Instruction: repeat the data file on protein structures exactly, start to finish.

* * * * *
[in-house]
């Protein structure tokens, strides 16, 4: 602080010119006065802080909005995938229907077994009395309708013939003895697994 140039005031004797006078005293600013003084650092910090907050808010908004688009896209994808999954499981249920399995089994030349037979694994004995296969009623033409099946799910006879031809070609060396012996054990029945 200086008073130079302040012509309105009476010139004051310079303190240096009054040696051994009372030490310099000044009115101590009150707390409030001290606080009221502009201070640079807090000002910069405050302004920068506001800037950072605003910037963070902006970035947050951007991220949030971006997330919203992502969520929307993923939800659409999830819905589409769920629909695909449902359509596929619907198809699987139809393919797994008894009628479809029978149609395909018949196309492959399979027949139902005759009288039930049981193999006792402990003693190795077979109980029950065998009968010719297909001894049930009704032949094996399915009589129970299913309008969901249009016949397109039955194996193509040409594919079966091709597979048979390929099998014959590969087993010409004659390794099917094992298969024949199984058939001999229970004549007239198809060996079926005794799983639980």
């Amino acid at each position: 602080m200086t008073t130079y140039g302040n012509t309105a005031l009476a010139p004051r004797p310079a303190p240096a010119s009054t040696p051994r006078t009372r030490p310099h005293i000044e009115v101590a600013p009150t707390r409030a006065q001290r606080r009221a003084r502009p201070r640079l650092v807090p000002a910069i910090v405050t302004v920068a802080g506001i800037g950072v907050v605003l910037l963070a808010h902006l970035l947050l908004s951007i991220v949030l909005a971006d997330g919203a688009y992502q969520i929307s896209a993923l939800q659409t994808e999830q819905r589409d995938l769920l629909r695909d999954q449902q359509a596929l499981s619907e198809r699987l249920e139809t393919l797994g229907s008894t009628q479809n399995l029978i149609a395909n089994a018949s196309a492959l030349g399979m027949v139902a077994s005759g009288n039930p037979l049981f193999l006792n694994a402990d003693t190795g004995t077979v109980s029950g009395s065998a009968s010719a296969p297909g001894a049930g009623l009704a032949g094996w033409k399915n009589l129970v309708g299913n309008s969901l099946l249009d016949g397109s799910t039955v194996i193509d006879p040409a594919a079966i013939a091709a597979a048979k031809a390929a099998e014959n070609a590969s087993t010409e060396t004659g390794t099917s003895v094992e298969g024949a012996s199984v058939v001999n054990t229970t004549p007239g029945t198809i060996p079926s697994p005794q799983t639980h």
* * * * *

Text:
[in-house]
């Protein structure tokens, strides 16, 4: 602080010119006065802080909005995938229907077994009395309708013939003895697994 140039005031004797006078005293600013003084650092910090907050808010908004688009896209994808999954499981249920399995089994030349037979694994004995296969009623033409099946799910006879031809070609060396012996054990029945 200086008073130079302040012509309105009476010139004051310079303190240096009054040696051994009372030490310099000044009115101590009150707390409030001290606080009221502009201070640079807090000002910069405050302004920068506001800037950072605003910037963070902006970035947050951007991220949030971006997330919203992502969520929307993923939800659409999830819905589409769920629909695909449902359509596929619907198809699987139809393919797994008894009628479809029978149609395909018949196309492959399979027949139902005759009288039930049981193999006792402990003693190795077979109980029950065998009968010719297909001894049930009704032949094996399915009589129970299913309008969901249009016949397109039955194996193509040409594919079966091709597979048979390929099998014959590969087993010409004659390794099917094992298969024949199984058939001999229970004549007239198809060996079926005794799983639980």
């Amino acid at each position: 602080m200086t008073t130079y140039g302040n012509t309105a005031l009476a010139p004051r004797p310079a303190p240096a010119s009054t040696p051994r006078t009372r030490p310099h005293i000044e009115v101590a600013p009150t707390r409030a006065q001290r606080r009221a003084r502009p201070r640079l650092v807090p000002a910069i910090v405050t302004v920068a802080g506001i800037g950072v907050v605003l910037l963070a808010h902006l970035l947050l908004s951007i991220v949030l909005a971006d997330g919203a688009y992502q969520i929307s896209a993923l939800q659409t994808e999830q819905r589409d995938l769920l629909r695909d999954q449902q359509a596929l499981s619907e198809r699987l249920e139809t393919l797994g229907s008894t009628q479809n399995l029978i149609a395909n089994a018949s196309a492959l030349g399979m027949v139902a077994s005759g009288n039930p037979l049981f193999l006792n694994a402990d003693t190795g004995t077979v109980s029950g009395s065998a009968s010719a296969p297909g001894a049930g009623l009704a032949g094996w033409k399915n009589l129970v309708g299913n309008s969901l099946l249009d016949g397109s799910t039955v194996i193509d006879p040409a594919a079966i013939a091709a597979a048979k031809a390929a099998e014959n070609a590969s087993t010409e060396t004659g390794t099917s003895v094992e298969g024949a012996s199984v058939v001999n054990t229970t004549p007239g029945t198809i060996p079926s697994p005794q799983t639980h």